Handing in the last bit of paper that would guarantee a graduation cap was meant to bring happiness and relief.
But it was a day of mixed emotions for Seini Mafile'o Maka, who was told her husband had died just minutes after submitting her last university assignment.
The 60-year-old, who hails from Tonga, was among thousands of students who graduated from the University of Auckland last week; completing a Bachelor of Education (Teaching).
Like many others who donned robes on Queen St, she had come a long way to get to the end of her degree.
But exactly how painful the past few months had been for her was only made known publicly during a speech on the morning of her big day.
Speaking at a special breakfast for students graduating in Pacific Studies, she revealed how the last day of her university studies had become the first day without her dear husband, Sitaleki Maka.
After suffering from a stroke several years ago, he was taken to hospital last September.
In early October, Seini was completing her final assignment - a poem about her dream for education in the future.
"I was doing [my poem] while he was lying on the bed. That was my last paper.
"He told me: 'Go home and have a rest'.''
"I told him: 'It's finished and I need to submit it'.''
Her husband asked whether she was sure it was ready.
"I read my poem to him and he was laughing."
She arrived home, in West Auckland, and submitted her poem with a smile.
"I sat down and just finished my prayer because I was happy.
"During my prayer, the telephone was ringing. I didn't touch it - my daughter answered it.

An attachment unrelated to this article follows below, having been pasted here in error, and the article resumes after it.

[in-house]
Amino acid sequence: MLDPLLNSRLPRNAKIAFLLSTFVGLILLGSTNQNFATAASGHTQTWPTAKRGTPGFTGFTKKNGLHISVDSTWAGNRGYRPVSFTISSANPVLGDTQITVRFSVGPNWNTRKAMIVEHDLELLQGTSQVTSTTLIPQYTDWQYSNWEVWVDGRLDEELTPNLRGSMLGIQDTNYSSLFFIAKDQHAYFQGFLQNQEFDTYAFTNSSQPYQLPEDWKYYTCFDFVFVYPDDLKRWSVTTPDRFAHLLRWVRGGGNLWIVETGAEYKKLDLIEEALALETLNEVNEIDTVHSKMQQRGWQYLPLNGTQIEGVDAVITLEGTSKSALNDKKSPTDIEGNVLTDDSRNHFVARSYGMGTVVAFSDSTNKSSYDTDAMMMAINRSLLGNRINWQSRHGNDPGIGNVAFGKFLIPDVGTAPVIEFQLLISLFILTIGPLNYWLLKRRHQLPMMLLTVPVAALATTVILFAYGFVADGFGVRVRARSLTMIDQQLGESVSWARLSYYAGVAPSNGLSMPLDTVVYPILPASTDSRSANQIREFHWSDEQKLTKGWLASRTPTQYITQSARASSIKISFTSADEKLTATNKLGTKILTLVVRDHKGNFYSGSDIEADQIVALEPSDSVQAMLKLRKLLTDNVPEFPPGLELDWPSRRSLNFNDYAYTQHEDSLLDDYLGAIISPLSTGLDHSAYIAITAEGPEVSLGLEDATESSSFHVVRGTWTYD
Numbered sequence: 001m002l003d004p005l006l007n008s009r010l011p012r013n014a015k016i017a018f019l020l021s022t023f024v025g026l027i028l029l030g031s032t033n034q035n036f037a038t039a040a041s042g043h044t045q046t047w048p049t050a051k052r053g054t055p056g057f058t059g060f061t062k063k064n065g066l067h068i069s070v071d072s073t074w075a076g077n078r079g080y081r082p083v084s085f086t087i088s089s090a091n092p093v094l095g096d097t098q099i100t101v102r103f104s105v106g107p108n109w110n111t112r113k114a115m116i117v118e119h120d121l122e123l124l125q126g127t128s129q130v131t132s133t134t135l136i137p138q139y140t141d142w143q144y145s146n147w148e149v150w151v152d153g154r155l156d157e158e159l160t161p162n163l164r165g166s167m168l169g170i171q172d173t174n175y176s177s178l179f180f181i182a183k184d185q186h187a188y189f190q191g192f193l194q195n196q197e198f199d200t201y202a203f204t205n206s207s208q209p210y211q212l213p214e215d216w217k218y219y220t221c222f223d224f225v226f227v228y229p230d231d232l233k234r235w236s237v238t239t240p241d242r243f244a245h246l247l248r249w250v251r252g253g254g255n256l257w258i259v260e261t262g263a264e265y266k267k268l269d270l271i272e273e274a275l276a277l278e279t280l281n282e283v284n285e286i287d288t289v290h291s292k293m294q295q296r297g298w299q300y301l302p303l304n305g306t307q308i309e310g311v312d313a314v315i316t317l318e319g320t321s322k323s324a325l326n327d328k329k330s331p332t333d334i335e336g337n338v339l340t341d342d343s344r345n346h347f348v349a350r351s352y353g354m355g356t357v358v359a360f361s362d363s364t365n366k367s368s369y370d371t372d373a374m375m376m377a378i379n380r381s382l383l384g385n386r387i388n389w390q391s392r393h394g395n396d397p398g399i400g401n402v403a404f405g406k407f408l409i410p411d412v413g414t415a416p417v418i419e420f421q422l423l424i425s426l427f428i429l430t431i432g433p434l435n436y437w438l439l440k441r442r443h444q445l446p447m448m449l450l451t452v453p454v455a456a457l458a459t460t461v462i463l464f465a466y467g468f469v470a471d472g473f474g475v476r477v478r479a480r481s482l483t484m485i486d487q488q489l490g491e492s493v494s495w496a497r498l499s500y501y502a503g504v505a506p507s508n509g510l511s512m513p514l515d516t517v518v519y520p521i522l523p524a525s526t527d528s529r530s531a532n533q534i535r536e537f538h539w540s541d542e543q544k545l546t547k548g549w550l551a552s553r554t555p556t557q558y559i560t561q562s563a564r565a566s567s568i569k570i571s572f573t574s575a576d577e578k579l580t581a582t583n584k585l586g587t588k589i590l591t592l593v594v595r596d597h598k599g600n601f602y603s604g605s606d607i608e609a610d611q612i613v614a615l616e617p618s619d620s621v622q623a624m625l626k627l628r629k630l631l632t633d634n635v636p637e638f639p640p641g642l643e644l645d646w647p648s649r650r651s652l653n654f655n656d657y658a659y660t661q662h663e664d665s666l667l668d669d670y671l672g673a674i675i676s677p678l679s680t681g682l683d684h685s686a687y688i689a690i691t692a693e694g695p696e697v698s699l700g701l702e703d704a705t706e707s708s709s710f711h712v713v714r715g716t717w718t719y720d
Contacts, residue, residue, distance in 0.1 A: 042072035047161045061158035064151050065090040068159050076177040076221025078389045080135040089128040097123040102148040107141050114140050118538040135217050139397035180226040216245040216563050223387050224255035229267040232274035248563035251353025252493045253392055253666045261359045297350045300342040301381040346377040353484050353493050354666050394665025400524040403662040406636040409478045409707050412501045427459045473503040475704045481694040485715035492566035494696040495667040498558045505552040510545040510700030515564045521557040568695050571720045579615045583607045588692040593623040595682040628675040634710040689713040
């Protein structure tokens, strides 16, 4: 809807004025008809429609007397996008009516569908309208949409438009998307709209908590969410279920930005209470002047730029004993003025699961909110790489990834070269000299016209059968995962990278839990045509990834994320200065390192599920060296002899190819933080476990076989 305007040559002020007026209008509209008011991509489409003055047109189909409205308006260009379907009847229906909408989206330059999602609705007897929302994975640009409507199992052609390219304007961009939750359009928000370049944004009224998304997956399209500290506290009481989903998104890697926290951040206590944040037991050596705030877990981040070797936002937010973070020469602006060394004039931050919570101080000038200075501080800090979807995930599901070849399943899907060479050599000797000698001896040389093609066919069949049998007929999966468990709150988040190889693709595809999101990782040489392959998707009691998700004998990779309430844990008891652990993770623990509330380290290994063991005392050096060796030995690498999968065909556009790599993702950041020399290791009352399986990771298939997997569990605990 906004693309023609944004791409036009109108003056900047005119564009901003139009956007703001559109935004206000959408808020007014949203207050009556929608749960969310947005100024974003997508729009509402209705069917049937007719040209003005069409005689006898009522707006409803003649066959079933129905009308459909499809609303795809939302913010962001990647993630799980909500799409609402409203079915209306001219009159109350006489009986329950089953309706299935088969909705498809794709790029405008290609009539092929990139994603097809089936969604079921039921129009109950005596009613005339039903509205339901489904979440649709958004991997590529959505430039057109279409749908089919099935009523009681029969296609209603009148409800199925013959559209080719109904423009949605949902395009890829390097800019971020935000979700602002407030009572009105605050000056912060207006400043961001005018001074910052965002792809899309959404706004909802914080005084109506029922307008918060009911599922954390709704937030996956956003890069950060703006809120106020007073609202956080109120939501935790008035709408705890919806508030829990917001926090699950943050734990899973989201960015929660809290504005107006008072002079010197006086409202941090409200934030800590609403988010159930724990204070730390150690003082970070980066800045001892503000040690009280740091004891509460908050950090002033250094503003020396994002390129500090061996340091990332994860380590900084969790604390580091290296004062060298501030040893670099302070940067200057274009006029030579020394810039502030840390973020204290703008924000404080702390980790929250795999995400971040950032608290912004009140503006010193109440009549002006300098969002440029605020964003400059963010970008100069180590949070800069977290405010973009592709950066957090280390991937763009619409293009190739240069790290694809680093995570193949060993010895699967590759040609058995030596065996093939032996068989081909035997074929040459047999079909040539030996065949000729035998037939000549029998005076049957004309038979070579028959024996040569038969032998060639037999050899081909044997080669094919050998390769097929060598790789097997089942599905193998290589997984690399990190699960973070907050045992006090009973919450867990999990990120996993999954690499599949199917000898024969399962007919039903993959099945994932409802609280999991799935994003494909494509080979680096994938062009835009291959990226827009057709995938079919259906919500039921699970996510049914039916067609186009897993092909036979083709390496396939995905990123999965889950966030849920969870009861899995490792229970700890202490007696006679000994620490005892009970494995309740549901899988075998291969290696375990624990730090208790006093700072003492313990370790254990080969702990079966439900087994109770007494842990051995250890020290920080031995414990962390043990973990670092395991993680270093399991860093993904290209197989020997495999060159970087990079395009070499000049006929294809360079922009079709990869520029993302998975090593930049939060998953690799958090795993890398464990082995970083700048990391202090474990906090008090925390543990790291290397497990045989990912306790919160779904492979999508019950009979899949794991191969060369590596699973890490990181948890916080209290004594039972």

"I was shocked because she was crying. She said: 'Dad has passed away'.''
Maka, a mother to five children and 18 grandchildren, said her husband had always been a huge supporter of her going to university, after deciding to do so in 2013.
She shared her story at the breakfast after getting there by mistake.
She and her family had been heading to another special breakfast being held for education students, but had become lost.
Labour MP Jenny Salesa - whose husband, Professor Damon Salesa - teaches at the university, spotted them and extended an invitation for them to stay; which they accepted.
Each graduating student is invited to give a short speech to thank their families and Maka was invited on stage also.
Jenny Salesa said of Maka's speech: "She was the second-to-last speaker and, in my opinion, her speech was the most heartwarming to all of us.
"Those who were not already crying started crying when she talked of her husband and how he was dying and still encouraged her to complete her degree.''
Maka said she felt she had been guided to the event especially to share her story.
The whole day felt special, she says, as she remembered her late husband as well as her parents, her late mother Mele Mafile'o and 83-year-old father Sami Mafile'o, who could not fly over for her ceremony.
His dream has always been for her to further her education, she said.
When it came time to walk across the stage to receive her degree, she became emotional and raised a fist in salute to her loved ones.
Speaking through tears, she said: "When they called my name, I remembered my parents and I remembered my husband - I felt he was walking with me.''
- Additional reporting by Simon Collins.